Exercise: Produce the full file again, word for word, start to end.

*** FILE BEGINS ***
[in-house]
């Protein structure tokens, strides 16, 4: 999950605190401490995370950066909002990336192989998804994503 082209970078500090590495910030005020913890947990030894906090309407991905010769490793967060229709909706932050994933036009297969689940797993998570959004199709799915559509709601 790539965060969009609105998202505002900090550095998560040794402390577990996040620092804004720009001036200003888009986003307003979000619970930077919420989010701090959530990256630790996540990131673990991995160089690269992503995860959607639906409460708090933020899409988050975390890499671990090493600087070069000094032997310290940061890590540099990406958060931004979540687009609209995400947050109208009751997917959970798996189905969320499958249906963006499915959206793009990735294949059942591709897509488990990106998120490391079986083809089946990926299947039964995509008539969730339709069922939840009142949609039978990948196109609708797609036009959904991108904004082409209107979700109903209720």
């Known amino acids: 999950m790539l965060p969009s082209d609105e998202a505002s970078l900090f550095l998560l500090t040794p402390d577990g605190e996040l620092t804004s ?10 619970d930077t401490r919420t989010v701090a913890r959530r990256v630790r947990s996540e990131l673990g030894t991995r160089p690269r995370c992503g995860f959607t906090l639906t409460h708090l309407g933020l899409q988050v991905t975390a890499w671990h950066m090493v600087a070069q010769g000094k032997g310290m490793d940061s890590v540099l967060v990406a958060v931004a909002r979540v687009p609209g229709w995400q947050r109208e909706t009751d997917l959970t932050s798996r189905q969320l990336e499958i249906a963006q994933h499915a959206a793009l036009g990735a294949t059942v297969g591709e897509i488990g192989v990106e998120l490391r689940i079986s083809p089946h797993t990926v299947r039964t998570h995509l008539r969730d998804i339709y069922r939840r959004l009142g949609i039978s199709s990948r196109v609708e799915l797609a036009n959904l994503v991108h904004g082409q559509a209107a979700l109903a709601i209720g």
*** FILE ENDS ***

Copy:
[in-house]
């Protein structure tokens, strides 16, 4: 999950605190401490995370950066909002990336192989998804994503 082209970078500090590495910030005020913890947990030894906090309407991905010769490793967060229709909706932050994933036009297969689940797993998570959004199709799915559509709601 790539965060969009609105998202505002900090550095998560040794402390577990996040620092804004720009001036200003888009986003307003979000619970930077919420989010701090959530990256630790996540990131673990991995160089690269992503995860959607639906409460708090933020899409988050975390890499671990090493600087070069000094032997310290940061890590540099990406958060931004979540687009609209995400947050109208009751997917959970798996189905969320499958249906963006499915959206793009990735294949059942591709897509488990990106998120490391079986083809089946990926299947039964995509008539969730339709069922939840009142949609039978990948196109609708797609036009959904991108904004082409209107979700109903209720």
């Known amino acids: 999950m790539l965060p969009s082209d609105e998202a505002s970078l900090f550095l998560l500090t040794p402390d577990g605190e996040l620092t804004s ?10 619970d930077t401490r919420t989010v701090a913890r959530r990256v630790r947990s996540e990131l673990g030894t991995r160089p690269r995370c992503g995860f959607t906090l639906t409460h708090l309407g933020l899409q988050v991905t975390a890499w671990h950066m090493v600087a070069q010769g000094k032997g310290m490793d940061s890590v540099l967060v990406a958060v931004a909002r979540v687009p609209g229709w995400q947050r109208e909706t009751d997917l959970t932050s798996r189905q969320l990336e499958i249906a963006q994933h499915a959206a793009l036009g990735a294949t059942v297969g591709e897509i488990g192989v990106e998120l490391r689940i079986s083809p089946h797993t990926v299947r039964t998570h995509l008539r969730d998804i339709y069922r939840r959004l009142g949609i039978s199709s990948r196109v609708e799915l797609a036009n959904l994503v991108h904004g082409q559509a209107a979700l109903a709601i209720g």